Frontline caregivers practiced breaking bad news to simulated patients at an innovative new multi-site seminar broadcast from Feinberg’s Simulation Lab earlier this month. The seminar uses active learning techniques to provide far more skill development than a simple lecture, according to course organizers.
The course was led from Feinberg by Gordon Wood, MD, ’07 GME, assistant professor of Medicine in the Division of Hospital Medicine, and simultaneously broadcast to Lake Forest Hospital, KishHealth Foundation, Central DuPage Hospital and Marianjoy Rehabilitation Hospital. Participants included physicians, advanced practice providers, social workers and nurses.
A recent survey of 900 Northwestern Medicine healthcare providers found that education around improving communication skills was a key area for clinical caregivers. The course was not simply a way to make a patient momentarily more comfortable; rather, evidence shows strong associations between a healthcare provider’s communications skills and their patients’ outcomes. Yet, many caregivers have not received specialized training, even as recent studies have demonstrated the utility of small-group interventions.
“A lot of people used to think you’re either born a good communicator or you’re not,” Wood said. “But, what we’re finding is that communication skills are teachable.”
Watching a keynote and being lectured at isn’t the solution, according to Wood, because communication is a learned skill, and the only way to improve is to put theory into practice. Therefore, the workshop was designed to feature ample time for deliberate practice using simulated patients, trained actors playing the role of patients.
Wood reviewed common disclosure systems, instructed participants how to deliver serious news clearly but compassionately and how to recognize when a patient needs time and space to process the news. Next, participants broke out into small groups to practice with the simulated patients. As Wood led the group at the Feinberg site, expert faculty facilitators and trained actors were at the other four Northwestern Medicine locations, providing the same experience to all participants.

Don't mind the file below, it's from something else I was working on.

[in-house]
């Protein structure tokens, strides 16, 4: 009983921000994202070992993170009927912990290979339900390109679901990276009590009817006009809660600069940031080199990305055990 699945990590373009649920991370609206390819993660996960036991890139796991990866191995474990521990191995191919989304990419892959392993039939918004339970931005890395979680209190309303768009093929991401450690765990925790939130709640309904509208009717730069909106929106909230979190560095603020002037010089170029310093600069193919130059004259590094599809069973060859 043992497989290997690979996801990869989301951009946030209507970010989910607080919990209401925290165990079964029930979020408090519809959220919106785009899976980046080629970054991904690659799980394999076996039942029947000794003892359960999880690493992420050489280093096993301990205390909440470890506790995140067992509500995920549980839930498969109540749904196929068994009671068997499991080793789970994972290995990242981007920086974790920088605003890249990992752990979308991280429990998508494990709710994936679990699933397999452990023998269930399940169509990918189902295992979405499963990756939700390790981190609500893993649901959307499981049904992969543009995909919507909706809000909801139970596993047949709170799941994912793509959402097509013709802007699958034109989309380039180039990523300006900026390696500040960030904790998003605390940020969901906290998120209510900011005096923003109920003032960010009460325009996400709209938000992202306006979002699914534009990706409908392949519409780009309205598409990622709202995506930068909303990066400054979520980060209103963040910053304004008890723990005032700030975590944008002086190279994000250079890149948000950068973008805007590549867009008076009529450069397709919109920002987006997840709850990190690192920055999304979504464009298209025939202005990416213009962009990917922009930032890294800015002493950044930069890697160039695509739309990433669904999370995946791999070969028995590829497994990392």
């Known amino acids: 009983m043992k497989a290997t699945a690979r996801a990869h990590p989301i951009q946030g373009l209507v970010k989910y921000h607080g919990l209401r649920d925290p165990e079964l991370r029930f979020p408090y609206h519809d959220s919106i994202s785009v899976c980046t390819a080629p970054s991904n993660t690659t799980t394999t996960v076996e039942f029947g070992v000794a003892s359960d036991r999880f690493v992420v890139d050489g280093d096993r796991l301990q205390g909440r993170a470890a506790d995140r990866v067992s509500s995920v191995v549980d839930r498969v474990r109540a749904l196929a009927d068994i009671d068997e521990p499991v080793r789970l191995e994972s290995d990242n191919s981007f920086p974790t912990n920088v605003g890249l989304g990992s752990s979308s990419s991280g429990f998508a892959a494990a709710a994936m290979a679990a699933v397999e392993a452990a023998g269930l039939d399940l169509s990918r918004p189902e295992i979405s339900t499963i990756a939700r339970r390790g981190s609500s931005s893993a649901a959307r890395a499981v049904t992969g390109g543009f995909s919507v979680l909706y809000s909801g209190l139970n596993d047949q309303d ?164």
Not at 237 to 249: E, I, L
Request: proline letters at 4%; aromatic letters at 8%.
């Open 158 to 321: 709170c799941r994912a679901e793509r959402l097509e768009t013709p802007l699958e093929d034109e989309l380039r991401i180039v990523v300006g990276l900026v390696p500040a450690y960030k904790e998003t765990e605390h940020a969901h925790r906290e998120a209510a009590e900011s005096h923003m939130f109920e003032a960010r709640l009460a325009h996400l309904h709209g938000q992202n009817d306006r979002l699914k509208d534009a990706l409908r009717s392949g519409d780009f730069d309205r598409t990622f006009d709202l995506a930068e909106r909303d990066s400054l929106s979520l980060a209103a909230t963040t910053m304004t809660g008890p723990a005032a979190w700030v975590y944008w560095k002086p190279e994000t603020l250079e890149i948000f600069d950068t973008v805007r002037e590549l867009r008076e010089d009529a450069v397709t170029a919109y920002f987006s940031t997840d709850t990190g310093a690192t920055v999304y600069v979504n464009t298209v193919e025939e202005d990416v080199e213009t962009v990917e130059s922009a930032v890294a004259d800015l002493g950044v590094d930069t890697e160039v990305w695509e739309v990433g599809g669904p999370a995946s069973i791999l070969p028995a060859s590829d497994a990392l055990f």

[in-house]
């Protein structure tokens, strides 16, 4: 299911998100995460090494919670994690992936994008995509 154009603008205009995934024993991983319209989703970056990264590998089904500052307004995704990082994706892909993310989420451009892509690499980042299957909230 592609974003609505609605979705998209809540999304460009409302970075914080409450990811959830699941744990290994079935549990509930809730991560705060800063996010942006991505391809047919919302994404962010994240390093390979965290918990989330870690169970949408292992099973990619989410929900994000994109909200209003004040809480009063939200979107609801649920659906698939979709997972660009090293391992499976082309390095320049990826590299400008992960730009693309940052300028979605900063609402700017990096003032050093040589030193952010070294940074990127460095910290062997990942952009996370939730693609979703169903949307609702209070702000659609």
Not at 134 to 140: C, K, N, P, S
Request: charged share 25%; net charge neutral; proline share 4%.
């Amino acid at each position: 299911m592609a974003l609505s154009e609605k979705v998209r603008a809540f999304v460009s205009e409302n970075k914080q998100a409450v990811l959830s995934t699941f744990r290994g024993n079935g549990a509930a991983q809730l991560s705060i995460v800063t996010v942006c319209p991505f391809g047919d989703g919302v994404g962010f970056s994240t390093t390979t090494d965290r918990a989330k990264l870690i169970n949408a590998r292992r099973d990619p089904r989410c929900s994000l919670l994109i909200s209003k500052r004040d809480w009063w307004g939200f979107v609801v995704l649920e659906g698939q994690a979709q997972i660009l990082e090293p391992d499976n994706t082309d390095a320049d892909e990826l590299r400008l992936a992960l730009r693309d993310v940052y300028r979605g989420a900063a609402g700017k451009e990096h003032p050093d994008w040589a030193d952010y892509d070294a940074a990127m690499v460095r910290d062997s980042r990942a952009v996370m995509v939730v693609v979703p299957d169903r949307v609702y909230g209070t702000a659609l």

“It felt exactly like how it feels in a real patient scenario, rather than if we were just role playing with another participant in the course,” said Margaret Chapman, MD, assistant professor of Medicine in the Division of Hospital Medicine as of September 1.
The authentic experience made it very simple to bring the lessons learned into a real-world setting, according to Chapman.
“As a general internist, people often come to me with undifferentiated symptoms — I’m in the position to make a lot of first diagnoses, some of which are major problems,” she said. “The ability to practice with a patient in that high fidelity setting allowed us to take a critical eye to our personal communication skills, break down components of a difficult conversation and assemble what we knew and had just learned into a toolkit.”
Nabil Issa, MD, associate professor of Surgery in the Division of Trauma and Critical Care and of Medical Education, completed a prior session of the training and said it provided skills that he’s been able to put into practice with his own patients, “I lead difficult conversations and goals of care every time I’m on service, whether in the surgical intensive care unit, acute care surgery or trauma, and this course provided me with totally new tools to rethink and improve my approach.”
Multi-site training such as the difficult conversations course establishes a platform for simultaneous learning and sharing protocols across the Northwestern Medicine system, according to course organizers. The value of that collaboration wasn’t lost on participants, said Chapman.
“It was occurring at so many different sites with such a wide variety of professional backgrounds. It made for a well-rounded approach to the topic of communication,” she said.
Physicians who went through similar training were found to use more empathy and ask more questions to understand the patient’s perspective, according to previous research. But the most telling measure of success, according to Wood, was a more informal study where people looked at video of patient interactions both pre-and post-training, without knowing which video was which. The subjects could sort a pre-training video from a post-training video over 90 percent of the time, illustrating the drastic improvement that can come from practicing on simulated patients.
The seminar was also supported by the Department of Innovations at Northwestern Medicine and Feinberg Information Technology.